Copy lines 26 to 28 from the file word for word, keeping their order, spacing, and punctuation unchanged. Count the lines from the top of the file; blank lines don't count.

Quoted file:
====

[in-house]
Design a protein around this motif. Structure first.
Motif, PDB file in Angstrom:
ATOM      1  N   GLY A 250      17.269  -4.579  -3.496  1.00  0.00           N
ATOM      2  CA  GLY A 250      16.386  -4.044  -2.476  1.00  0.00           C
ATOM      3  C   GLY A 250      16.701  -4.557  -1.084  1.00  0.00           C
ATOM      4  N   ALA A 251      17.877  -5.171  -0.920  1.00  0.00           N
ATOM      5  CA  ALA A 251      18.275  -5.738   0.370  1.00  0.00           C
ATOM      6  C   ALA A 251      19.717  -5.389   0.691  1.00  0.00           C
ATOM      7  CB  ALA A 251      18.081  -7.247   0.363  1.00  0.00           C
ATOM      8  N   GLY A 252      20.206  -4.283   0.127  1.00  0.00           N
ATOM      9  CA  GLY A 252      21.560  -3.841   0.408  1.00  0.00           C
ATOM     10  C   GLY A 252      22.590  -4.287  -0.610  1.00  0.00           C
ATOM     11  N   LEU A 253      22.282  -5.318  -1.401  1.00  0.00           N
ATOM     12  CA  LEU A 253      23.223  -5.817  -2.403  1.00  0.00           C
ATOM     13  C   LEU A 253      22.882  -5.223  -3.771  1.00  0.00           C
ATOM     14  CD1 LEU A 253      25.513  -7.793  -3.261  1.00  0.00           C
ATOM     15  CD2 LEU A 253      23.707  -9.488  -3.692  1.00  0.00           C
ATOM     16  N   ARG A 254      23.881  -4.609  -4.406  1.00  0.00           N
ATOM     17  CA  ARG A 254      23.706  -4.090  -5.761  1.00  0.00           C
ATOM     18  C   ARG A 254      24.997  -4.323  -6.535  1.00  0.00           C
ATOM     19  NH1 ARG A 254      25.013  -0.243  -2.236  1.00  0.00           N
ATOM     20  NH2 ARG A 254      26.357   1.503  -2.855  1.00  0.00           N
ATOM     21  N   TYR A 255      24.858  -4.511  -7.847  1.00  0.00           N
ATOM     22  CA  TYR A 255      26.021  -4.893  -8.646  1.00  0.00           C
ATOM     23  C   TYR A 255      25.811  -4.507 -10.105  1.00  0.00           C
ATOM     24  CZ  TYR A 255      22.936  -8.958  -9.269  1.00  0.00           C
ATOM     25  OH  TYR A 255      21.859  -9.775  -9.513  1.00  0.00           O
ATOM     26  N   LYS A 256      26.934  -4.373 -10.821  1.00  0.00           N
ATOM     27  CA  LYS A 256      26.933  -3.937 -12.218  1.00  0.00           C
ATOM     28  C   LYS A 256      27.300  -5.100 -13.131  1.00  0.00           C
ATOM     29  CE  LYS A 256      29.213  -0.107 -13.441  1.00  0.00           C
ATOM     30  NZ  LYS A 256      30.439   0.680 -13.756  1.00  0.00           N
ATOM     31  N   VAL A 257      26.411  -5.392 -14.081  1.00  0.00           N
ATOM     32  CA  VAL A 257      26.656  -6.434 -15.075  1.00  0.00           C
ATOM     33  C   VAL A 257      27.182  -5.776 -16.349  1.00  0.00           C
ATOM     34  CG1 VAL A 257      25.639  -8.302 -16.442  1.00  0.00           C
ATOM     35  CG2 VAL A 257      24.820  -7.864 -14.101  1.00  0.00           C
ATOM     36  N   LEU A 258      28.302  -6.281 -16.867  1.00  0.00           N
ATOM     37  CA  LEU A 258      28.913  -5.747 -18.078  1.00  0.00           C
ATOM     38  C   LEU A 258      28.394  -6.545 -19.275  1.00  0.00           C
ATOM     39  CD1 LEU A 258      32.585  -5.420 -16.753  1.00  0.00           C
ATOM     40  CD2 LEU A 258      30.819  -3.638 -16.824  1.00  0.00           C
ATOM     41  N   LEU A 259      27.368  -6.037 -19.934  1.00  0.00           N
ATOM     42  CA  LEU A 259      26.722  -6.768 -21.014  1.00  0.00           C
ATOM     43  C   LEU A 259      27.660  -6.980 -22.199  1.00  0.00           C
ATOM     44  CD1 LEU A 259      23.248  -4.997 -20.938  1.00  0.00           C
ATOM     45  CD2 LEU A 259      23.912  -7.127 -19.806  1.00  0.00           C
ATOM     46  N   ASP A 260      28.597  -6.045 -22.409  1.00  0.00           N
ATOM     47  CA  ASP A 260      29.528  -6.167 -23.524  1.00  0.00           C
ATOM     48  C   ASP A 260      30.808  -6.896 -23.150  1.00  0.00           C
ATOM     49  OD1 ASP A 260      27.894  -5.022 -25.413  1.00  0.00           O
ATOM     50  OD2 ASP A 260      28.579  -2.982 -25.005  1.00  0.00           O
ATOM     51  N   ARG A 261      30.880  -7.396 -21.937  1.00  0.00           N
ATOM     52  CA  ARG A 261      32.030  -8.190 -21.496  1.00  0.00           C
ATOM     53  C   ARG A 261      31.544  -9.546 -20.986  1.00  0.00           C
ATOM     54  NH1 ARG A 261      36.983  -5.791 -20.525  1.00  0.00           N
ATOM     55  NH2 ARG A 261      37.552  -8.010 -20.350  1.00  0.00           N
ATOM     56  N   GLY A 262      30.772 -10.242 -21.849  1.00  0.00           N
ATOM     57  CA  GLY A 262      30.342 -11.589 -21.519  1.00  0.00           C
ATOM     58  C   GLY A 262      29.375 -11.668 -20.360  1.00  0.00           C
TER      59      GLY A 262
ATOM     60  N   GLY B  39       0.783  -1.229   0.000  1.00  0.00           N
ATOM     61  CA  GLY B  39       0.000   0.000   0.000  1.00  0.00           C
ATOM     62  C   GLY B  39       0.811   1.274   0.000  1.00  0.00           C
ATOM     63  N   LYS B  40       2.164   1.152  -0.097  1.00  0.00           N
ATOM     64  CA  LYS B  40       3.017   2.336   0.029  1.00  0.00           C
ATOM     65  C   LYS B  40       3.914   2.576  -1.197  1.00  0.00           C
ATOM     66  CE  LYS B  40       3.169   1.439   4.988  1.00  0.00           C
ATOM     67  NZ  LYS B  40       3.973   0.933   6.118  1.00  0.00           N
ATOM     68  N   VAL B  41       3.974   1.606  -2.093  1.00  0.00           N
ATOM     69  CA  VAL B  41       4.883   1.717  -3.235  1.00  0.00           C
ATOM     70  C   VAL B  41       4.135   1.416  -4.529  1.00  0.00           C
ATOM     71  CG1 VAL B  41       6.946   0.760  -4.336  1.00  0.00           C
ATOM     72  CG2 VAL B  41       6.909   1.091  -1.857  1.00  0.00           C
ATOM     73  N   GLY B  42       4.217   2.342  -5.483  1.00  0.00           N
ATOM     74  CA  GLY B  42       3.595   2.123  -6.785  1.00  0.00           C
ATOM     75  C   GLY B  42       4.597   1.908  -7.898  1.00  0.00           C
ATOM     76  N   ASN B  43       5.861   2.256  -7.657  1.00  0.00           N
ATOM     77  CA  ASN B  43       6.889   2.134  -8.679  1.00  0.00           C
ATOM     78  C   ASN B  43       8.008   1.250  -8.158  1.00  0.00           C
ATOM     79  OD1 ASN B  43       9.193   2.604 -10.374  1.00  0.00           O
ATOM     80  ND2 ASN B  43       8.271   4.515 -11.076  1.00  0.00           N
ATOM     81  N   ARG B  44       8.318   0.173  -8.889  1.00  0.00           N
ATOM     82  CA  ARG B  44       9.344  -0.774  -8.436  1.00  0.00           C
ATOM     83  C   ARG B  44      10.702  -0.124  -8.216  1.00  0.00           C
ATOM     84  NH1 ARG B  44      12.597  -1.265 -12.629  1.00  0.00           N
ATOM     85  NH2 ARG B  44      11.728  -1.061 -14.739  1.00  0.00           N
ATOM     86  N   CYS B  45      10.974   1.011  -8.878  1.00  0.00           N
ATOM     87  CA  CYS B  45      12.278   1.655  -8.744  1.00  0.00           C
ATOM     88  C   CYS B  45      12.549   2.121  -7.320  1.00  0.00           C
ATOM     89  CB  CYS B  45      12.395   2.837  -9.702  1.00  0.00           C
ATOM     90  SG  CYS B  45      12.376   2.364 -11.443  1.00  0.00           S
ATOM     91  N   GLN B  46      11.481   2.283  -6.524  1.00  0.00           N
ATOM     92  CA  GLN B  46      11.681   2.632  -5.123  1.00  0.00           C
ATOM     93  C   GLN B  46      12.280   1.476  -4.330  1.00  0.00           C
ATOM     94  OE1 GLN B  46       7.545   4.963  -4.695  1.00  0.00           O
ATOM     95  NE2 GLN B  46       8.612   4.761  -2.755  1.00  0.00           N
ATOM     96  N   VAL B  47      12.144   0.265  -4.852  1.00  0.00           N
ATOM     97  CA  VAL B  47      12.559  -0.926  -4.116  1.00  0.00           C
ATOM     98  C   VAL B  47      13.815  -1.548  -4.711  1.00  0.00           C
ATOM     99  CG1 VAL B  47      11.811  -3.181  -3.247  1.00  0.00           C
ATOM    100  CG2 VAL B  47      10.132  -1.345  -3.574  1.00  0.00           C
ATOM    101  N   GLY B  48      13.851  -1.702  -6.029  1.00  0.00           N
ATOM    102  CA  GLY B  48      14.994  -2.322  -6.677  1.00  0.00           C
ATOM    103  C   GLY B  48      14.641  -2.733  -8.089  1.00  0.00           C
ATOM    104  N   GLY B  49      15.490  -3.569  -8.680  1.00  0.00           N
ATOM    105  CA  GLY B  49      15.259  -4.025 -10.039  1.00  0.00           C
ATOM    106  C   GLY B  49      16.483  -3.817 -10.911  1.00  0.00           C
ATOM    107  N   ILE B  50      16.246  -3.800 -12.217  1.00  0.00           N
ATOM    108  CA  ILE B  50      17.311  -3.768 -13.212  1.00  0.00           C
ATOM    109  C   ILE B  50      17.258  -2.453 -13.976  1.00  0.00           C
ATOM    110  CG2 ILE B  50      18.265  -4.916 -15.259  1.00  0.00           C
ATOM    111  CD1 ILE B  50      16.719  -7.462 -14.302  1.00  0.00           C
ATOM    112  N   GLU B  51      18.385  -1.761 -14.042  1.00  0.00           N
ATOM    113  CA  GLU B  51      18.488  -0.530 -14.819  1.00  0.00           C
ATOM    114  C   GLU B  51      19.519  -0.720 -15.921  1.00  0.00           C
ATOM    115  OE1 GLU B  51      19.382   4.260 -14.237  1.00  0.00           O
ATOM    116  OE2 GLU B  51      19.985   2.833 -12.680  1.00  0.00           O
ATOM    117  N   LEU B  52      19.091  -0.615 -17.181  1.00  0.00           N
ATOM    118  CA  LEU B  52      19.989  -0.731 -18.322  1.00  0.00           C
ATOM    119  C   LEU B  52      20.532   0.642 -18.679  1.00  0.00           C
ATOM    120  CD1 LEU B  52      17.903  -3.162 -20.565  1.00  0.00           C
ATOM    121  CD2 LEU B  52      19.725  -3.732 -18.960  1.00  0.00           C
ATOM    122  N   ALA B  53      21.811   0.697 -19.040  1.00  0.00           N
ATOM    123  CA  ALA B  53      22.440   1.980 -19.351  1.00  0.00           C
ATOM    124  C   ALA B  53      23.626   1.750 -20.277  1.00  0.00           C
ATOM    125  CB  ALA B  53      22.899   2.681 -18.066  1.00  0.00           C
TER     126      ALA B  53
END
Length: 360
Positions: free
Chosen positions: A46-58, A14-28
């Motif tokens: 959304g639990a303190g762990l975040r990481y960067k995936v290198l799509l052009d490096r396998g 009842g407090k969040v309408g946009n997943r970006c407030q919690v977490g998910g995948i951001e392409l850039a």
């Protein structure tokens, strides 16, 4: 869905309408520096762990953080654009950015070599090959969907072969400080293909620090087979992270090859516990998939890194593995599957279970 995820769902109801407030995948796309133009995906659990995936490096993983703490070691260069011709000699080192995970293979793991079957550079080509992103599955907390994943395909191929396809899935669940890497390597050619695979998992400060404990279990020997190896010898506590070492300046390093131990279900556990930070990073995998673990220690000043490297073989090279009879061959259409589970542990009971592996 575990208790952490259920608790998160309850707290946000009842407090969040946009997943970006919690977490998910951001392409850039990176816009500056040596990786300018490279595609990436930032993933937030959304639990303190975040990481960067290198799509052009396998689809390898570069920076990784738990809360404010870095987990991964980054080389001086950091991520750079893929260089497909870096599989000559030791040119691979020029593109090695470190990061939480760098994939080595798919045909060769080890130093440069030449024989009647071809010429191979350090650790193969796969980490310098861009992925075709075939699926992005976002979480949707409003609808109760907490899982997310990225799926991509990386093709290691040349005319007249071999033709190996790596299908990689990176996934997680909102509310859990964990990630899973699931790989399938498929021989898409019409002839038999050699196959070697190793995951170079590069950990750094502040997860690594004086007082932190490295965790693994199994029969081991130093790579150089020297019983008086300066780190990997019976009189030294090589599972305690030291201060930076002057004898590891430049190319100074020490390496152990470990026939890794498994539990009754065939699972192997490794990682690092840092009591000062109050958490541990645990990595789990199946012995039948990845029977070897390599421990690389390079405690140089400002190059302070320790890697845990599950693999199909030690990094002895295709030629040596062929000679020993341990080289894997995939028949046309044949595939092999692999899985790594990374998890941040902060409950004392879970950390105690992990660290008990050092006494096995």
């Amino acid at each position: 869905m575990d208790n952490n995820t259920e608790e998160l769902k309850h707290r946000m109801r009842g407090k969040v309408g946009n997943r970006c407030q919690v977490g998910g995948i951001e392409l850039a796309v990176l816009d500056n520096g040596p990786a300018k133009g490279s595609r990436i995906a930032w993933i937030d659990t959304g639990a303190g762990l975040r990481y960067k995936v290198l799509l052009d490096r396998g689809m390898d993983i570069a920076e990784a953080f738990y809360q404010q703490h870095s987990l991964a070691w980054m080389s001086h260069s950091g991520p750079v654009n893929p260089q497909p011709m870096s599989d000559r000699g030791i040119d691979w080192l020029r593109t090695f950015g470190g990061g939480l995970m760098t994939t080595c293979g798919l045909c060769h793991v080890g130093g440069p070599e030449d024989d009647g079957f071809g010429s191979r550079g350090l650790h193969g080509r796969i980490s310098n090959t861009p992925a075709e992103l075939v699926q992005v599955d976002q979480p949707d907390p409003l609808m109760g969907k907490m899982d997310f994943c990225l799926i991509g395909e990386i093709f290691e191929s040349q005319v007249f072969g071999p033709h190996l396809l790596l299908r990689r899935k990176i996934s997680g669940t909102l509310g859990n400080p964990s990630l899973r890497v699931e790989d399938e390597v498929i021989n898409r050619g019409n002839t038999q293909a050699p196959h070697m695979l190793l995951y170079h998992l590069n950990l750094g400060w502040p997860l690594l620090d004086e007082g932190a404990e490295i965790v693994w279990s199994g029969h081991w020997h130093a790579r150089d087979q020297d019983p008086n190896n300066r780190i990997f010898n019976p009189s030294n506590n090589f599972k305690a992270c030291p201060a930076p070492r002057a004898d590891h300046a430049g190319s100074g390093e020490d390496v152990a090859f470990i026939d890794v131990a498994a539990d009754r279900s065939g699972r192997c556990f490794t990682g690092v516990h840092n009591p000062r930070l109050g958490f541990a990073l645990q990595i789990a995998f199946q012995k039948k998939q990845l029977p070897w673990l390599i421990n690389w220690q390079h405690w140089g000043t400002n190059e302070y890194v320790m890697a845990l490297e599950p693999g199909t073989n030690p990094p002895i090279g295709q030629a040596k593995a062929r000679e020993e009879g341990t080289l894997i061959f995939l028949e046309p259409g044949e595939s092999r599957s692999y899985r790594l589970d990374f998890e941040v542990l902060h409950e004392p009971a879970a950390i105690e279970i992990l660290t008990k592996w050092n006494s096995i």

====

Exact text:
ATOM     23  C   TYR A 255      25.811  -4.507 -10.105  1.00  0.00           C
ATOM     24  CZ  TYR A 255      22.936  -8.958  -9.269  1.00  0.00           C
ATOM     25  OH  TYR A 255      21.859  -9.775  -9.513  1.00  0.00           O